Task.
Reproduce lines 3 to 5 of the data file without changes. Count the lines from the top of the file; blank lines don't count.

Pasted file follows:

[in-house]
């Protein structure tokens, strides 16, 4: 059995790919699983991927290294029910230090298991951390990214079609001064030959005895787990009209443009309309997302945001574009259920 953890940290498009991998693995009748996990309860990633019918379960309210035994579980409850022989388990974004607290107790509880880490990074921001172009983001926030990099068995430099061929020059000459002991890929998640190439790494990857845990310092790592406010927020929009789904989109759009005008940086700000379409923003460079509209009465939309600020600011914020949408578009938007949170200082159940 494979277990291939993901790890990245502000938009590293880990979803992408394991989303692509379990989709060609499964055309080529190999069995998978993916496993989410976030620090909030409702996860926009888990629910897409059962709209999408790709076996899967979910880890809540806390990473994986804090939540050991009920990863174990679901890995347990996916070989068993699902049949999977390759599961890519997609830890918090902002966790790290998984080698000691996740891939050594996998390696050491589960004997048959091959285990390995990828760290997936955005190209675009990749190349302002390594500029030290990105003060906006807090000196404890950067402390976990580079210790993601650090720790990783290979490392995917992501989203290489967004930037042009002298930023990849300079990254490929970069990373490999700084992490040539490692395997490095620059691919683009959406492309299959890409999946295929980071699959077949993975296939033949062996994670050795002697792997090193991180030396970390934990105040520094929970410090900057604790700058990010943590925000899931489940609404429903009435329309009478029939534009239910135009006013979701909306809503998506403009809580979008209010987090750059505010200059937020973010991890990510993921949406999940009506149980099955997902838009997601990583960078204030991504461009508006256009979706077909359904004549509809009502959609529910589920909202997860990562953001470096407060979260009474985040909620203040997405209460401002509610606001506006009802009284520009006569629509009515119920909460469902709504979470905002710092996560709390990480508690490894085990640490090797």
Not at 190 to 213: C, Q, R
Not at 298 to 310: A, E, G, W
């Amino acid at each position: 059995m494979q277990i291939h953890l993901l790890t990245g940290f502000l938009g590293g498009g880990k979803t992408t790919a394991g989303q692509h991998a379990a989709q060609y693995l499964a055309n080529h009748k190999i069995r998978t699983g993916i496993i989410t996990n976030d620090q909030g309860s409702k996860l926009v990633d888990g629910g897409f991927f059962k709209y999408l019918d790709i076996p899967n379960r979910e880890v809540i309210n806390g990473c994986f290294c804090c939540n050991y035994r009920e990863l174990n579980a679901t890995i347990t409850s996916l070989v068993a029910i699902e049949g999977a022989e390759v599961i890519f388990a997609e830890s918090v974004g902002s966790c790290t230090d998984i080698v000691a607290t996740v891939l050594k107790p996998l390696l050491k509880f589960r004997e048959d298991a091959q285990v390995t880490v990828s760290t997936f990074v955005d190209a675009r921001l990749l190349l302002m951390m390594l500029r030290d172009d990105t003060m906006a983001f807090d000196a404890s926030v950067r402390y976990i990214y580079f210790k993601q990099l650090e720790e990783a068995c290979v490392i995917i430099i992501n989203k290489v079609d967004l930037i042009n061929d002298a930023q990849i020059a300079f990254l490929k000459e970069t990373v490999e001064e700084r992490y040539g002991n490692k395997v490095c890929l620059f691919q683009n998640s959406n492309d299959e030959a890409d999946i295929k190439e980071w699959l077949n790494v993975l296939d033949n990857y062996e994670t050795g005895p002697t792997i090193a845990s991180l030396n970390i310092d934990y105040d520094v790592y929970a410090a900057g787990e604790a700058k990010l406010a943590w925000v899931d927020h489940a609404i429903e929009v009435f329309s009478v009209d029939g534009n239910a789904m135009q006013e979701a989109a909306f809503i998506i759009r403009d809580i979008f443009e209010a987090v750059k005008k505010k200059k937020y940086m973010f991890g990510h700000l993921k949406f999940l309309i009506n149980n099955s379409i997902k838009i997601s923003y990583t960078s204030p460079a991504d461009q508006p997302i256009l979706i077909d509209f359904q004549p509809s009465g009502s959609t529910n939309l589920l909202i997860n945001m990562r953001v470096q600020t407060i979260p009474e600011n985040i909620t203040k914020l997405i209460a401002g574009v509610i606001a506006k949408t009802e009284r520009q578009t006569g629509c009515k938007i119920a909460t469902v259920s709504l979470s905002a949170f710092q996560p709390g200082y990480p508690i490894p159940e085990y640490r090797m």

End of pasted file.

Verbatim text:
Not at 190 to 213: C, Q, R
Not at 298 to 310: A, E, G, W
């Amino acid at each position: 059995m494979q277990i291939h953890l993901l790890t990245g940290f502000l938009g590293g498009g880990k979803t992408t790919a394991g989303q692509h991998a379990a989709q060609y693995l499964a055309n080529h009748k190999i069995r998978t699983g993916i496993i989410t996990n976030d620090q909030g309860s409702k996860l926009v990633d888990g629910g897409f991927f059962k709209y999408l019918d790709i076996p899967n379960r979910e880890v809540i309210n806390g990473c994986f290294c804090c939540n050991y035994r009920e990863l174990n579980a679901t890995i347990t409850s996916l070989v068993a029910i699902e049949g999977a022989e390759v599961i890519f388990a997609e830890s918090v974004g902002s966790c790290t230090d998984i080698v000691a607290t996740v891939l050594k107790p996998l390696l050491k509880f589960r004997e048959d298991a091959q285990v390995t880490v990828s760290t997936f990074v955005d190209a675009r921001l990749l190349l302002m951390m390594l500029r030290d172009d990105t003060m906006a983001f807090d000196a404890s926030v950067r402390y976990i990214y580079f210790k993601q990099l650090e720790e990783a068995c290979v490392i995917i430099i992501n989203k290489v079609d967004l930037i042009n061929d002298a930023q990849i020059a300079f990254l490929k000459e970069t990373v490999e001064e700084r992490y040539g002991n490692k395997v490095c890929l620059f691919q683009n998640s959406n492309d299959e030959a890409d999946i295929k190439e980071w699959l077949n790494v993975l296939d033949n990857y062996e994670t050795g005895p002697t792997i090193a845990s991180l030396n970390i310092d934990y105040d520094v790592y929970a410090a900057g787990e604790a700058k990010l406010a943590w925000v899931d927020h489940a609404i429903e929009v009435f329309s009478v009209d029939g534009n239910a789904m135009q006013e979701a989109a909306f809503i998506i759009r403009d809580i979008f443009e209010a987090v750059k005008k505010k200059k937020y940086m973010f991890g990510h700000l993921k949406f999940l309309i009506n149980n099955s379409i997902k838009i997601s923003y990583t960078s204030p460079a991504d461009q508006p997302i256009l979706i077909d509209f359904q004549p509809s009465g009502s959609t529910n939309l589920l909202i997860n945001m990562r953001v470096q600020t407060i979260p009474e600011n985040i909620t203040k914020l997405i209460a401002g574009v509610i606001a506006k949408t009802e009284r520009q578009t006569g629509c009515k938007i119920a909460t469902v259920s709504l979470s905002a949170f710092q996560p709390g200082y990480p508690i490894p159940e085990y640490r090797m």